Human skin supports thousands of interactions with our environment on a daily basis—everything from shaking hands to brushing against a wall to petting a dog. Each of these encounters contributes in different ways to our skin’s microbial communities. There is still much to learn about the mechanisms of microbial transfer and how our environment impacts microbial ecosystems on human skin. Ashley Bateman, biology doctoral student in the Institute of Ecology and Evolution and recipient of a prestigious National Science Foundation (NSF) fellowship, is researching microbial transfer and what constitutes a healthy microbial community on human skin.
“Understanding the environmental factors that shape the variability in microbial communities found on human skin and how these communities impact human health will fundamentally change how we live our lives,” Bateman says.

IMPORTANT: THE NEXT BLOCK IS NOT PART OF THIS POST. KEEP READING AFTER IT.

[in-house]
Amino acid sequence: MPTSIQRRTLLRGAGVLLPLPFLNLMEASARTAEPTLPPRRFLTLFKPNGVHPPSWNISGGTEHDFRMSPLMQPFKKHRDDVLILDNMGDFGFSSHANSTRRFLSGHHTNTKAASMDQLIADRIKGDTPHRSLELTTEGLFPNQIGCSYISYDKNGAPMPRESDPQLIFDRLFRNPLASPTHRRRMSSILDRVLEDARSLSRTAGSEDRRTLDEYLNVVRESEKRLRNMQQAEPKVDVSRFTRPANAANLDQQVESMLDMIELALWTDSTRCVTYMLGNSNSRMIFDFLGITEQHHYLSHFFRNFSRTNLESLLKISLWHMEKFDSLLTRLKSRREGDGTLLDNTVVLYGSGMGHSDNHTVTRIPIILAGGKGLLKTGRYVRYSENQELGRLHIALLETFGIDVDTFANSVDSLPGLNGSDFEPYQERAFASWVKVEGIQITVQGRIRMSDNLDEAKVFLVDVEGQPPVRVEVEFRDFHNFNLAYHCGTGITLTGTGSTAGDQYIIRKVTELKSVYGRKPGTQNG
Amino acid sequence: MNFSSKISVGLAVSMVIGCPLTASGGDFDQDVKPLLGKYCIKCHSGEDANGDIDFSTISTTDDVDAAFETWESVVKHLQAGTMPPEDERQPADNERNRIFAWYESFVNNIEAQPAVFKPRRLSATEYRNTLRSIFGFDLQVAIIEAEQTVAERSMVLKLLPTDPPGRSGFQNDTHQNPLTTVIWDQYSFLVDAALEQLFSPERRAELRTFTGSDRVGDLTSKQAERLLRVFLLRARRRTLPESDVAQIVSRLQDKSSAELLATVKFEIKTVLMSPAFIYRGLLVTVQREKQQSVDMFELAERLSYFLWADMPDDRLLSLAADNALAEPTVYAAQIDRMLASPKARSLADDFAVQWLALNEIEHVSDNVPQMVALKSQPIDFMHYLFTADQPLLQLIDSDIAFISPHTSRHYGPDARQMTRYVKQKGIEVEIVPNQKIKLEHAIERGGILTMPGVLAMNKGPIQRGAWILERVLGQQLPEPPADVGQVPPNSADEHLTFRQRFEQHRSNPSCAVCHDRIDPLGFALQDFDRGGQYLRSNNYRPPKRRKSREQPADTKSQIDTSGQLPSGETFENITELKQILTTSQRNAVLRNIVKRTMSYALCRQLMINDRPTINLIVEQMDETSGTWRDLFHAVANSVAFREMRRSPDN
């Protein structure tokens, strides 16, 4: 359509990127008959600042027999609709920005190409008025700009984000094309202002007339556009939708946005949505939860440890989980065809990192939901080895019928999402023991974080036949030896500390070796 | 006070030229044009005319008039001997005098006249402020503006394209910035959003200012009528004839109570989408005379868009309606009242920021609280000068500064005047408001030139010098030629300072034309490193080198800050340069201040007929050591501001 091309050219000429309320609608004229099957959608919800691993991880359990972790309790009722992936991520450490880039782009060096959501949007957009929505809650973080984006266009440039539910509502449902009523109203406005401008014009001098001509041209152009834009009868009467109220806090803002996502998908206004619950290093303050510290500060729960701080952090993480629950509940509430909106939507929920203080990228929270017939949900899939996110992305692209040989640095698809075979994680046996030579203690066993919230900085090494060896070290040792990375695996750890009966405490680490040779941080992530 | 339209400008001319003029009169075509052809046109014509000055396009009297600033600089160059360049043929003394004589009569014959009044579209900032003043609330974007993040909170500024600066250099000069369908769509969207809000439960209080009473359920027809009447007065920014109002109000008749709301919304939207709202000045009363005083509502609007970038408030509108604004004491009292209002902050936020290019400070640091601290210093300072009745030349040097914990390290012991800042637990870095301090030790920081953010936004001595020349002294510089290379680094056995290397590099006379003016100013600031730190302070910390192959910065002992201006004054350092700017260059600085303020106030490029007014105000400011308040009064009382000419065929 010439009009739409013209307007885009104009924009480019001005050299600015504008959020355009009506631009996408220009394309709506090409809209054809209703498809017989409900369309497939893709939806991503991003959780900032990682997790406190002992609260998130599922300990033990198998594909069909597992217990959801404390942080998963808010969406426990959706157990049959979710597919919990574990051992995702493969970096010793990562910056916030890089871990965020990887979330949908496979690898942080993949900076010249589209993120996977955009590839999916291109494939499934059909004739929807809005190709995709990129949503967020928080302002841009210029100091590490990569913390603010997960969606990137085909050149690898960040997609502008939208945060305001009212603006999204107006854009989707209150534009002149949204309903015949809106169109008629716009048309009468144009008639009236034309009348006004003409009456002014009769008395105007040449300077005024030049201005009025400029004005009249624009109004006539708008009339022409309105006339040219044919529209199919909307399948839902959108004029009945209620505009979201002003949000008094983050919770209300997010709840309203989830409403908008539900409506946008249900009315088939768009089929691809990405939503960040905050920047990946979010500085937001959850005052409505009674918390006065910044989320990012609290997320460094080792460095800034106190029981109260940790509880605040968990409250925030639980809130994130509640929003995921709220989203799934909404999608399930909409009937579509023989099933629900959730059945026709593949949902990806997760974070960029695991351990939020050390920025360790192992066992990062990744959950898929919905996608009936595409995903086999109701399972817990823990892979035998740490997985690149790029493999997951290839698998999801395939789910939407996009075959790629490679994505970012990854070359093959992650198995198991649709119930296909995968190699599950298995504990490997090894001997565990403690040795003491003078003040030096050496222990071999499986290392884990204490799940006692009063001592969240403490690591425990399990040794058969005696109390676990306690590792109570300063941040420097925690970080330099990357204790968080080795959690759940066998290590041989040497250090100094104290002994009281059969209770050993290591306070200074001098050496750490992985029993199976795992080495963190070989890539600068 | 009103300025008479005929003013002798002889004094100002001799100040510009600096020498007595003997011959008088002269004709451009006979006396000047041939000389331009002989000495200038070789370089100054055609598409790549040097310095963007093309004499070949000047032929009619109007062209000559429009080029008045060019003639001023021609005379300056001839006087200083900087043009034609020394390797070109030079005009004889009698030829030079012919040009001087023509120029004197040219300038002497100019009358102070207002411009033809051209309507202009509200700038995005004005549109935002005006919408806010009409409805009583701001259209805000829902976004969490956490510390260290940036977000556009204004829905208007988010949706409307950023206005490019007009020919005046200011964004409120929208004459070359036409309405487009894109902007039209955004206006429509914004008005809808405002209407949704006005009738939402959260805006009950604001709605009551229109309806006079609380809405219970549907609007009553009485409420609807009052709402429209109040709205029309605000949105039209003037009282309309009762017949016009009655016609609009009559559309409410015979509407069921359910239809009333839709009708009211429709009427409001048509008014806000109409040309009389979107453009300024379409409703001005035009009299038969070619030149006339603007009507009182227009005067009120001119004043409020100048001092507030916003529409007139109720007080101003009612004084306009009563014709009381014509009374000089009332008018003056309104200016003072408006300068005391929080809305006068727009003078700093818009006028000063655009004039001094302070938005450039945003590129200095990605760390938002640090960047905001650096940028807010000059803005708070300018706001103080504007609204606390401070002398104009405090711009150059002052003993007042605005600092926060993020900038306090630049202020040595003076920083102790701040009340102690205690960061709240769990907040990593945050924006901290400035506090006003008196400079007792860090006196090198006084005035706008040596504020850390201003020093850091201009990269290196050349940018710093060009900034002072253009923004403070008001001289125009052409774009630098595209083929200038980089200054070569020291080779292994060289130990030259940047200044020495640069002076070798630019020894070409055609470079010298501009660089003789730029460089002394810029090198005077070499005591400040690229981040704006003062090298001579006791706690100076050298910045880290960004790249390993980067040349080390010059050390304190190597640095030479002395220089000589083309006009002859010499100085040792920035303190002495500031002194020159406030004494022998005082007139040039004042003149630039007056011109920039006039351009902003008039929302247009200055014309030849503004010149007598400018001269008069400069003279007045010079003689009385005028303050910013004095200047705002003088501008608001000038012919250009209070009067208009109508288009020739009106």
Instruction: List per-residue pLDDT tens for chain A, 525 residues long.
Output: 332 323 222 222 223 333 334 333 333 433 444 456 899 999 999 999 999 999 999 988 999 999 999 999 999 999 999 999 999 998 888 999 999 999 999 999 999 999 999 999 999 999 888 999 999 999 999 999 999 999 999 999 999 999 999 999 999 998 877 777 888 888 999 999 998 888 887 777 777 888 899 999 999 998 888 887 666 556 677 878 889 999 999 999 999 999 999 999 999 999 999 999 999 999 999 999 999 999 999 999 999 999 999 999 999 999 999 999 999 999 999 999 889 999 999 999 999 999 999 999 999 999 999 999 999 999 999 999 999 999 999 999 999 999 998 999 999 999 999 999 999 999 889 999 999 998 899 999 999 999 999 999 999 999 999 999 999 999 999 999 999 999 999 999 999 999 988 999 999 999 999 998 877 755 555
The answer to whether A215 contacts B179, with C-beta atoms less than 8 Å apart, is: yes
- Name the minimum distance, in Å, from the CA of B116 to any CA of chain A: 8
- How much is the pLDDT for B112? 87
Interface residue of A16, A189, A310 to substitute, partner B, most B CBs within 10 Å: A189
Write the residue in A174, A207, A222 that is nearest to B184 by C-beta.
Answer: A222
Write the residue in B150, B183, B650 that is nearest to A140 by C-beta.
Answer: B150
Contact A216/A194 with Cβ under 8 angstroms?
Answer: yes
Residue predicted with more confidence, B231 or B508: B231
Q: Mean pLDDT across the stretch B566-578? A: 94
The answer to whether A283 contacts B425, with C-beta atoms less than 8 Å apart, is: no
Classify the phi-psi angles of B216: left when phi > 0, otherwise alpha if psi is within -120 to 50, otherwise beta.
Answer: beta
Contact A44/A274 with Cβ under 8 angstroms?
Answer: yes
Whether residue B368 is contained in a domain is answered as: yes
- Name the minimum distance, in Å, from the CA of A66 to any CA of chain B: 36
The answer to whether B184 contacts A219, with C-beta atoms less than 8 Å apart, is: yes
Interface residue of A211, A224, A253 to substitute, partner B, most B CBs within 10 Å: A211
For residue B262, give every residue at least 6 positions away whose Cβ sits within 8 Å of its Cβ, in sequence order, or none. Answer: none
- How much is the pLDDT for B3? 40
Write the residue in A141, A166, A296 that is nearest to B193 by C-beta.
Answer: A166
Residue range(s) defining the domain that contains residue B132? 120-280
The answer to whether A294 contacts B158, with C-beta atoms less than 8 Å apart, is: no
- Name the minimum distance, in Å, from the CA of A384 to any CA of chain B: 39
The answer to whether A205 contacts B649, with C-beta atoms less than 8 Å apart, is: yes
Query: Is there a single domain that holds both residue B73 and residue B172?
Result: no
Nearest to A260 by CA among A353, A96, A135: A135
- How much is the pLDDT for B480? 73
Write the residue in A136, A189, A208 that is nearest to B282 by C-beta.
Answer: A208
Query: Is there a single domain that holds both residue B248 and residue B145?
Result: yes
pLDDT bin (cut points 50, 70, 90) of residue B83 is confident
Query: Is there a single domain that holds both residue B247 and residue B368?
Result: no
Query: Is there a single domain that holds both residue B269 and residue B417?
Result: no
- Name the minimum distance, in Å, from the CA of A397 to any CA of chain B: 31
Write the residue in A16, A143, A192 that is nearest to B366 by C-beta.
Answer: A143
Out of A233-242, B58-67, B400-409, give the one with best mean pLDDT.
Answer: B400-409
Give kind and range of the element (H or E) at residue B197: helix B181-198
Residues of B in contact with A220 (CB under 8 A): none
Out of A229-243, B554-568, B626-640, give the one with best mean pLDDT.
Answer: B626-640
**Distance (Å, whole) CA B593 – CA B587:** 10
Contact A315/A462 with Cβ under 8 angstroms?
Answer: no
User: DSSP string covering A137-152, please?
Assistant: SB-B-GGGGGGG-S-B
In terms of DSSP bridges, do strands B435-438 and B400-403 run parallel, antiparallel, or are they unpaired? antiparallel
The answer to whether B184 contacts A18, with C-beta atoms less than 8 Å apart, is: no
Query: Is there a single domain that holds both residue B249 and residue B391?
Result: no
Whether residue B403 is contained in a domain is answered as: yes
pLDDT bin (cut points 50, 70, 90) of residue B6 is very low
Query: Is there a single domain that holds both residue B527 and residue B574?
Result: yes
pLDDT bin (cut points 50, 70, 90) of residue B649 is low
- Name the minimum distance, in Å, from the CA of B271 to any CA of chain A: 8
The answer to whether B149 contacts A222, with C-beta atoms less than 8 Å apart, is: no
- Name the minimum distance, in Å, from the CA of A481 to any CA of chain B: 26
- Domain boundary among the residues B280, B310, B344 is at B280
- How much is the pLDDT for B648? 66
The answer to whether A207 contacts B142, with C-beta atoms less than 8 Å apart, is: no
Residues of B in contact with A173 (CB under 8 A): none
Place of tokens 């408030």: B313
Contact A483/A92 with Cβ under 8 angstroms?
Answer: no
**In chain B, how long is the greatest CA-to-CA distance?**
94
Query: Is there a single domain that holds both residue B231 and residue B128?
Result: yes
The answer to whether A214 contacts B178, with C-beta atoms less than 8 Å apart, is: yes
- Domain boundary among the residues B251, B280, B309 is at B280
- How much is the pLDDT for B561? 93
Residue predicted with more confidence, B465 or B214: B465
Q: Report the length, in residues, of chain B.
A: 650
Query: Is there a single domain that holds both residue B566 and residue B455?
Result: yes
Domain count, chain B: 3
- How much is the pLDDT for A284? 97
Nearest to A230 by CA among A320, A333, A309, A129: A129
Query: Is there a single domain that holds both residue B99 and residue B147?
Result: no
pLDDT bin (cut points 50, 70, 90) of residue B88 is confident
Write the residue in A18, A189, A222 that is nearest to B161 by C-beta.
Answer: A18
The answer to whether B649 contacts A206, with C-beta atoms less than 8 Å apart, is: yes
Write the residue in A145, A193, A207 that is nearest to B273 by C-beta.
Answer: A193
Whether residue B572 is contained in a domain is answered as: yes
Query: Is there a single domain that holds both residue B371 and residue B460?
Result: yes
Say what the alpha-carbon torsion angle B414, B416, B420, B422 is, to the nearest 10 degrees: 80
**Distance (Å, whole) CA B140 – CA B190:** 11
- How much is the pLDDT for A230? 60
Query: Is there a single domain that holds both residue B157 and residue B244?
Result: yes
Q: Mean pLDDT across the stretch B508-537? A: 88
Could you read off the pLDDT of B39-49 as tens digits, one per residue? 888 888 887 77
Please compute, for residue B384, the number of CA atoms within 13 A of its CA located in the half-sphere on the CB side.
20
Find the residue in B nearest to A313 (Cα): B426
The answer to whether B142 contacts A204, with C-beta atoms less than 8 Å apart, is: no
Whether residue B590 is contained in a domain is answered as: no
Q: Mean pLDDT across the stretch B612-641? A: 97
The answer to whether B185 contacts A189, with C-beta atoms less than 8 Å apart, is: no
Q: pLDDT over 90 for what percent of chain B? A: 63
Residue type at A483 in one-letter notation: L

Because the UO is one of the top public institutions in the nation for host- microbe research, it was a natural fit for Bateman, who is advised by Brendan Bohannan and Jessica Green, leading faculty members in the field.
Bateman is one of fifteen active UO graduate students who have been chosen as NSF graduate fellows, including five new fellows for 2013–14. The NSF Graduate Research Fellowship Program recognizes and supports outstanding graduate students in NSF-supported disciplines—science, technology, engineering and mathematics. Research fellows pursue research-based master’s degrees or doctorates. Since the program’s inception, the NSF has received 500,000 applications and awarded 46,500 fellowships.
Each of the UO’s NSF fellows will receive three years of support over a five- year period, including a $32,000 annual stipend, a waiver of full-time tuition and mandatory fees, a $1,000 travel award, a $1,000 annual supplies award furnished by the Office of Research, Innovation, and Graduate Education, and NSF- sponsored international research and professional development opportunities.